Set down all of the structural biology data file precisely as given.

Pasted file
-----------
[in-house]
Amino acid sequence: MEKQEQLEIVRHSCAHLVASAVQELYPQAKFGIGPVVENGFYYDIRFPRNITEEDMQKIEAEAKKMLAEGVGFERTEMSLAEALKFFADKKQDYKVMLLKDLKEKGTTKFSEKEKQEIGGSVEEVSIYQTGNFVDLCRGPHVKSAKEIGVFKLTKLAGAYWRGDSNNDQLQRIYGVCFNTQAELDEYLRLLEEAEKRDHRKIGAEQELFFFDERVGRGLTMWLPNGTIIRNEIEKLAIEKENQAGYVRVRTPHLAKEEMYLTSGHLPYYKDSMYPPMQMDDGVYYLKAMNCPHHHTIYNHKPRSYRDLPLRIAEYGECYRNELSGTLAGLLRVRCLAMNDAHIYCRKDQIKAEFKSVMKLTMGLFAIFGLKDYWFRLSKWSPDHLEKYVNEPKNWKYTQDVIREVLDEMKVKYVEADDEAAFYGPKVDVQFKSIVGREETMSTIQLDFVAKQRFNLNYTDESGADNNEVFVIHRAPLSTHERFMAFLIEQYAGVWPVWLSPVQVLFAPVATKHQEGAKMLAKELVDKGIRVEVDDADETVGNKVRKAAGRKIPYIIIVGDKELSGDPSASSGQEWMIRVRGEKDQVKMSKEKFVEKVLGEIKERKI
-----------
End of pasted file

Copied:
[in-house]
Amino acid sequence: MEKQEQLEIVRHSCAHLVASAVQELYPQAKFGIGPVVENGFYYDIRFPRNITEEDMQKIEAEAKKMLAEGVGFERTEMSLAEALKFFADKKQDYKVMLLKDLKEKGTTKFSEKEKQEIGGSVEEVSIYQTGNFVDLCRGPHVKSAKEIGVFKLTKLAGAYWRGDSNNDQLQRIYGVCFNTQAELDEYLRLLEEAEKRDHRKIGAEQELFFFDERVGRGLTMWLPNGTIIRNEIEKLAIEKENQAGYVRVRTPHLAKEEMYLTSGHLPYYKDSMYPPMQMDDGVYYLKAMNCPHHHTIYNHKPRSYRDLPLRIAEYGECYRNELSGTLAGLLRVRCLAMNDAHIYCRKDQIKAEFKSVMKLTMGLFAIFGLKDYWFRLSKWSPDHLEKYVNEPKNWKYTQDVIREVLDEMKVKYVEADDEAAFYGPKVDVQFKSIVGREETMSTIQLDFVAKQRFNLNYTDESGADNNEVFVIHRAPLSTHERFMAFLIEQYAGVWPVWLSPVQVLFAPVATKHQEGAKMLAKELVDKGIRVEVDDADETVGNKVRKAAGRKIPYIIIVGDKELSGDPSASSGQEWMIRVRGEKDQVKMSKEKFVEKVLGEIKERKI